I’ve been listening to CDs from The Teaching Company in the van–How to Listen to and Understand Opera currently–and I don’t like to pop them out when the kids are in the car because I don’t want to lose my place.  So, we’ve been listening to the radio of late.  First–oh how I hate commercial radio.  Tivo has ruined me for advertising.  I’m so irked that I can’t fast forward through the ads that I feel hostility toward all the companies mentioned.  Second–no good stations since HFS went salsa.  Not that salsa isn’t great on its own, but with the change of format came a change in…wattage?  Radio units?  far-reachingness?…and I can’t get the station in most of the time.  I’ve fallen back on a “soft rock” station that mixes horrible pop with 80s songs (and “soft rock” is what?  shale?  Soapstone?) and a “classic rock” station that delivers the same damned songs it’s been playing since it was Top 40 back in the mid 70s.  I had that one on this evening when “The Wreck of the Edmund Fitzgerald” by the excreble Gordon Lightfoot came on.  After a few stanzas:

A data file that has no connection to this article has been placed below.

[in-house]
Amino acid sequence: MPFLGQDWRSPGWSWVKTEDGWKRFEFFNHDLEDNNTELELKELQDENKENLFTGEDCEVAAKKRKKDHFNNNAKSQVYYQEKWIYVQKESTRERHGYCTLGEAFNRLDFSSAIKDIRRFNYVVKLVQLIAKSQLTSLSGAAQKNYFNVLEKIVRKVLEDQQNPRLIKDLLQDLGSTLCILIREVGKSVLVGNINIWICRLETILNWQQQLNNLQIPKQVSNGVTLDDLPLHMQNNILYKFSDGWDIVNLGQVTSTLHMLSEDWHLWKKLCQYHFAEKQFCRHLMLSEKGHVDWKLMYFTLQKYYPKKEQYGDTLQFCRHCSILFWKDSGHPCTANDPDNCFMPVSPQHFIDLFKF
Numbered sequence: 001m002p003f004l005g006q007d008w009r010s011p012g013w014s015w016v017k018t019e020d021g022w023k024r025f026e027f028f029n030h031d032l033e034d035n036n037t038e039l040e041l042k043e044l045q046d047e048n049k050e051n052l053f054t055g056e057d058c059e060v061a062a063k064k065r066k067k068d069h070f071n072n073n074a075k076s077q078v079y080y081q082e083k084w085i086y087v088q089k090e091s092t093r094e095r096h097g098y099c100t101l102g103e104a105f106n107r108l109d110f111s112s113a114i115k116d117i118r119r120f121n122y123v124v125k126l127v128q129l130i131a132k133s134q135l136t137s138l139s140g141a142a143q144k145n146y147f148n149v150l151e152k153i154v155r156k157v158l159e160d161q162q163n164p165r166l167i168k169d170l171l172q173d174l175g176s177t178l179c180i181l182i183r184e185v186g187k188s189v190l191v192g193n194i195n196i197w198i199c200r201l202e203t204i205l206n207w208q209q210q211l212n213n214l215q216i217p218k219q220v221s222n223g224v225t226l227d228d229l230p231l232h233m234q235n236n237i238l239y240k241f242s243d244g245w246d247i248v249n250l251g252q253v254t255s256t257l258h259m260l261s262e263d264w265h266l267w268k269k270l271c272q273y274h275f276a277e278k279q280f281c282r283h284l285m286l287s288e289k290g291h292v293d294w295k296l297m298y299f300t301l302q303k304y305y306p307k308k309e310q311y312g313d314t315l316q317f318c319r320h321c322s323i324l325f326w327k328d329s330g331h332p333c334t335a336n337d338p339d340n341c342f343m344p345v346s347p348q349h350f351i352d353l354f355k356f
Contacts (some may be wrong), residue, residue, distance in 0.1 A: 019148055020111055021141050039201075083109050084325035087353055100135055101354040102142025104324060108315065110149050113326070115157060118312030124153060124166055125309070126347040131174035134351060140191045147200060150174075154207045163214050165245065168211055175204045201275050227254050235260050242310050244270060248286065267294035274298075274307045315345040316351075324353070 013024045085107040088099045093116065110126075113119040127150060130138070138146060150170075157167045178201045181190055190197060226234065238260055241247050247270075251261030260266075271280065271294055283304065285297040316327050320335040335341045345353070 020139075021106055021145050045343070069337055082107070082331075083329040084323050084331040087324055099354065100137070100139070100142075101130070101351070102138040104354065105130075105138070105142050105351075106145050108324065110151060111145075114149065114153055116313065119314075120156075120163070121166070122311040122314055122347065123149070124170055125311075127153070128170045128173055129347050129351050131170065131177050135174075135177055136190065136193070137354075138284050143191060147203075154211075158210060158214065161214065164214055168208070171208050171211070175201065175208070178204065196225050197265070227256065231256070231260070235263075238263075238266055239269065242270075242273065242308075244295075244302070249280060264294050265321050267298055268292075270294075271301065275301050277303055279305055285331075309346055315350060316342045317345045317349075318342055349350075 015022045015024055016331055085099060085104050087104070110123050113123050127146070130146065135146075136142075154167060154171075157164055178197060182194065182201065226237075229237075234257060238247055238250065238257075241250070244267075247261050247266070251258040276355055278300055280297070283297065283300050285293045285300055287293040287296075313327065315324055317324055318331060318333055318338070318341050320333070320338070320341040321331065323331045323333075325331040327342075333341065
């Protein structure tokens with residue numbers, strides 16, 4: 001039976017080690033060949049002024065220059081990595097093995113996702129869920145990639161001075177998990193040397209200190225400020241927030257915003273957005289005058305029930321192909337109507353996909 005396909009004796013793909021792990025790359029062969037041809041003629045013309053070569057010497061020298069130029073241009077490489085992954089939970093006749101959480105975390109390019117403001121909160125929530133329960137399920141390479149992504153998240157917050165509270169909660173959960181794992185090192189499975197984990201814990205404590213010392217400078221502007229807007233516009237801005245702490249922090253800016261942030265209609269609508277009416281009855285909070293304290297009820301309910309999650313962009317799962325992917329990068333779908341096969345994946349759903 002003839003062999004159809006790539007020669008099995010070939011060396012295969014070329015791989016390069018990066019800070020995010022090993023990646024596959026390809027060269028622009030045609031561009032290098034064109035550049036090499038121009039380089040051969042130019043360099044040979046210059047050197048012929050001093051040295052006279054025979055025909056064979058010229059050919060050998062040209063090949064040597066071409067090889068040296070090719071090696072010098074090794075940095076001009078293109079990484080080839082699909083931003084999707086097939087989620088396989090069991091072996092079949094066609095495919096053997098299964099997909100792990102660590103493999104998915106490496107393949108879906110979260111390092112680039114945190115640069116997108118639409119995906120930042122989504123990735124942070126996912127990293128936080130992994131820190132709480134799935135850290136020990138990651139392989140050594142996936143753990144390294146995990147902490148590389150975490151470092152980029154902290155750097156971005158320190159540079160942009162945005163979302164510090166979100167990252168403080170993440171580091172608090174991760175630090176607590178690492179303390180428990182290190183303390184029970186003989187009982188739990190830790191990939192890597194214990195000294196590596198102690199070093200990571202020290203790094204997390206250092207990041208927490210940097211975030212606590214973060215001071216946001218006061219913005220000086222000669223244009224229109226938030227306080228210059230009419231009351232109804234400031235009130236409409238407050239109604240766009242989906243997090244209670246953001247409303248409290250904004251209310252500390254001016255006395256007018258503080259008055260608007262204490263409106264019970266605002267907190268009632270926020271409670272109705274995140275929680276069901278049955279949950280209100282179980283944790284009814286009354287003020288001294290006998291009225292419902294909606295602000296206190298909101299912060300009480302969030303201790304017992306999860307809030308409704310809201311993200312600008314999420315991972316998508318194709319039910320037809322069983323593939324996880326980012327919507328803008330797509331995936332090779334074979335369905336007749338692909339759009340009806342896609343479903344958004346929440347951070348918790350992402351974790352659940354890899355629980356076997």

Ben: Um, what is he singing about?

Me: The wreck of the Edmund Fitzgerald

Ben: Is that a ship?

Me: yes

Ben: was it an important ship?

Me: I don’t think so.

Ben: Did it sink in a big battle?

Me: nope, bad weather.

Ben: Um…why is there a song about it?

Excellent question!  Wow.  It is just a bad, bad, bad song.  As bad 70s death ballads go, it is worse than most.  However, I had to admit I didn’t even know if it was a REAL ship, so I hit the ol’ Wikipedia.  And I’ll be darned, not only was it a real ship, carrying steel “From some mill in Wisconsin” (nice detail work, Gordon), it sank in Lake Superior in 1975.  Only one year before the song came out.  I’d always assumed that IF it was real, it was some 19th Century event.   It was some current events folk-type song.  A crappy one, but there you go.  Musician types, you’re welcome to go on making current events inspired music, but let’s all agree that the line “Concluding some terms with a couple of steel firms/When they left fully loaded for Cleveland” must never again be used as a lyric.  K?

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